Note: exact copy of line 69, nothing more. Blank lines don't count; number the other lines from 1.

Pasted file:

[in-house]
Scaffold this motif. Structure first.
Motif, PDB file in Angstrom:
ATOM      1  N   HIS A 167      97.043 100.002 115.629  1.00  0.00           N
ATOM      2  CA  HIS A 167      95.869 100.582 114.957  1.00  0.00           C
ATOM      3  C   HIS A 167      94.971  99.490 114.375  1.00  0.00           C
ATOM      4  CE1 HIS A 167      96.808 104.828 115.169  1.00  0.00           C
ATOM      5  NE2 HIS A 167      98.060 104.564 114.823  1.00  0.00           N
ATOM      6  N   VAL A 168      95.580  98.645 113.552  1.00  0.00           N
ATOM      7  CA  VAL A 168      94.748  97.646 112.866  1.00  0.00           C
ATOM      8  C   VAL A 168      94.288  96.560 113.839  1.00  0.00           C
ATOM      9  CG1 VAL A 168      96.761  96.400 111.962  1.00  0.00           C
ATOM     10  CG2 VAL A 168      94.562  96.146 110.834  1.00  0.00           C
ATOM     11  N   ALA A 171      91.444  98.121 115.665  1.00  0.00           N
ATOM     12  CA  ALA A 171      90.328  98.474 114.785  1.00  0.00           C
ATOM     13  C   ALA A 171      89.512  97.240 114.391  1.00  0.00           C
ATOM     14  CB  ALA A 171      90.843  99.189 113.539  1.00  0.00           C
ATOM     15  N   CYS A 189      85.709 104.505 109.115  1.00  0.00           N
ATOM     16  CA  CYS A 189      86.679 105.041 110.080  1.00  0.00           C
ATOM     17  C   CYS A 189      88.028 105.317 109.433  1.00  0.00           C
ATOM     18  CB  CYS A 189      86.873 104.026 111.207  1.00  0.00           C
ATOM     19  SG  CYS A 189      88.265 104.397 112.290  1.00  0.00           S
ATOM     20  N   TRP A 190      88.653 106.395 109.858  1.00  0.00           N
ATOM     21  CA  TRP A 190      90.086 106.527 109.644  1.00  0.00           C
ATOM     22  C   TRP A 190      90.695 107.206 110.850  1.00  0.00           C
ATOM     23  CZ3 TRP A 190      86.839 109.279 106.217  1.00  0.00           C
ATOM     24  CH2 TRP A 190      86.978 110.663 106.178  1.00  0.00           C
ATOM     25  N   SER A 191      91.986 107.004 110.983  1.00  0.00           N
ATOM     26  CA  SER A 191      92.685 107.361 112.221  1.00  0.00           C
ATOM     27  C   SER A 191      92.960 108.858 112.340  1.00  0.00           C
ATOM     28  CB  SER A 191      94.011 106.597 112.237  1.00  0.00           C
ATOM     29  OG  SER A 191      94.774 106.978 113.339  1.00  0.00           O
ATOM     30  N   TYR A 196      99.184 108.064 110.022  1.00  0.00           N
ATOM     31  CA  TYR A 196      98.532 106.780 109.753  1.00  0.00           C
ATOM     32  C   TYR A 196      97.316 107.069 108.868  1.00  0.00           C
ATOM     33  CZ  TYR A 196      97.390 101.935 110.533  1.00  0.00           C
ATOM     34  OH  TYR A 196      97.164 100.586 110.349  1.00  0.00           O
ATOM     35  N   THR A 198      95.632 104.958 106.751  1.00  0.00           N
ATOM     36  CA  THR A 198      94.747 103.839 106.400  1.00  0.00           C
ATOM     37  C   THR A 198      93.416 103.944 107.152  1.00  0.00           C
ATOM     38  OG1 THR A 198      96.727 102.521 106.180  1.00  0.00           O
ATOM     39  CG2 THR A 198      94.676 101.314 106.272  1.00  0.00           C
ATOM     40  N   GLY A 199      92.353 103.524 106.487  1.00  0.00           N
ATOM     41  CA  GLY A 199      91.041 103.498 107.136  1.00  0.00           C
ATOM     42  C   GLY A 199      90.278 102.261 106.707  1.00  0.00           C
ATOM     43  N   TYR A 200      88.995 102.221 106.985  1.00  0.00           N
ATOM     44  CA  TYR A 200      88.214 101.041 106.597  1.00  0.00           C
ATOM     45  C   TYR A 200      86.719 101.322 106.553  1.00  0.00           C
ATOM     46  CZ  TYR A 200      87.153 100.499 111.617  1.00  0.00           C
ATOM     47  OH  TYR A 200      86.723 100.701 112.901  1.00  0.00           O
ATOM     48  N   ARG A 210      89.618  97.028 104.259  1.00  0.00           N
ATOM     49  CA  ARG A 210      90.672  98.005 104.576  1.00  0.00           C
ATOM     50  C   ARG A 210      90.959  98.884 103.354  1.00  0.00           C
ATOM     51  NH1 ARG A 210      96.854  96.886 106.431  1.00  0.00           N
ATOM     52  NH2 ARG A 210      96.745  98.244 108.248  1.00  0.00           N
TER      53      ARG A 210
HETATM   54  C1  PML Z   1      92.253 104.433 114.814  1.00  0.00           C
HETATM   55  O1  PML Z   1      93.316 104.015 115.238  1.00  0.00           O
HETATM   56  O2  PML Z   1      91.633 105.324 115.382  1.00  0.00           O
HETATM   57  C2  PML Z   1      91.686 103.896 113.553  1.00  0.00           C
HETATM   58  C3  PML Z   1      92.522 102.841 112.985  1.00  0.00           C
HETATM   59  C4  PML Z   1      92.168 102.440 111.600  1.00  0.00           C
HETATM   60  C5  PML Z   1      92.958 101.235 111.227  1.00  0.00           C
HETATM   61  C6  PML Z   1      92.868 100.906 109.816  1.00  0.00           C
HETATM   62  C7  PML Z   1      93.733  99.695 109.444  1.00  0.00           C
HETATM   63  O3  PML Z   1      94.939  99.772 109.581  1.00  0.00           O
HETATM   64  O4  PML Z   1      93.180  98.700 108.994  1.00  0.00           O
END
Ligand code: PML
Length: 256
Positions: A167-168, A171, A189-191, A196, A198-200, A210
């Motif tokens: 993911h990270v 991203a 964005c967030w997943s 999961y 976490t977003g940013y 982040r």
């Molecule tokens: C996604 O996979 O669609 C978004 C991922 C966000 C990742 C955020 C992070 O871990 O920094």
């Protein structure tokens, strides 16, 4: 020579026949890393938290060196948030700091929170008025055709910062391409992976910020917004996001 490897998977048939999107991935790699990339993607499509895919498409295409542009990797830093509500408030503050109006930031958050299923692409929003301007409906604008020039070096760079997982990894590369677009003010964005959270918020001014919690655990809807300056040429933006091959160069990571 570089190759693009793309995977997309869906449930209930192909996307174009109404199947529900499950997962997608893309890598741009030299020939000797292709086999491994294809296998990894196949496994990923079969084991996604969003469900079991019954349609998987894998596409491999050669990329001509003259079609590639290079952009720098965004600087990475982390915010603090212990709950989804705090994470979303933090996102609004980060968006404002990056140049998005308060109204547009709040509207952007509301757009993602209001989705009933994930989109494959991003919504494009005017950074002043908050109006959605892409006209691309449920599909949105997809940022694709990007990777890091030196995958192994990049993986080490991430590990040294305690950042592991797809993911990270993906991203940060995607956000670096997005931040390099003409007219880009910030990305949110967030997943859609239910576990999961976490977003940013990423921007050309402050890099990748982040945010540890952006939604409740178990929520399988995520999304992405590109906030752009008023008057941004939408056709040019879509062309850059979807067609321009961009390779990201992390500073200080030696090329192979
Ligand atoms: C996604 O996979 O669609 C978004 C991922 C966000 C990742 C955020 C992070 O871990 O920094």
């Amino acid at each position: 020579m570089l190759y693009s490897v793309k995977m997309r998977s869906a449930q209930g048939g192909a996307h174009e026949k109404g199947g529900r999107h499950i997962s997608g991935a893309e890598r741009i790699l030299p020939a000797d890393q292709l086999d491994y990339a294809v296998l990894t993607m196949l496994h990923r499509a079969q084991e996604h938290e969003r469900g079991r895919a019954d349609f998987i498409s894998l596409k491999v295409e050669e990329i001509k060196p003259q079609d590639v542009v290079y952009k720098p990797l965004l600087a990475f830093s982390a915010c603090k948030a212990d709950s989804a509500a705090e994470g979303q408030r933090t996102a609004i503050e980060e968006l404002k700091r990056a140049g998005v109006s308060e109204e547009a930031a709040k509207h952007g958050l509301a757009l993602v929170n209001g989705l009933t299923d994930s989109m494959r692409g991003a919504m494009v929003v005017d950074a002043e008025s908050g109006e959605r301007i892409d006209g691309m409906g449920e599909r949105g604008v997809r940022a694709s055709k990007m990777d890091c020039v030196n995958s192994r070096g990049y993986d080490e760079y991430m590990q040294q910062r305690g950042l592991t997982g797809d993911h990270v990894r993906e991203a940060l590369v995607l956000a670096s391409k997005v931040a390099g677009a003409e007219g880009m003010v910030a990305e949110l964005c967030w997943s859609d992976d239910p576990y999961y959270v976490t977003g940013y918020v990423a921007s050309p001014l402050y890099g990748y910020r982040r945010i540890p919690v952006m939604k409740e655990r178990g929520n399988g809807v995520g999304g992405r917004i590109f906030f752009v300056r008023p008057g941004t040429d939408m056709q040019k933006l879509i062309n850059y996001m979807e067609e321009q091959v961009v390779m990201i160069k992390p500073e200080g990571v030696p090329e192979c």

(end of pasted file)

Ligand code: PML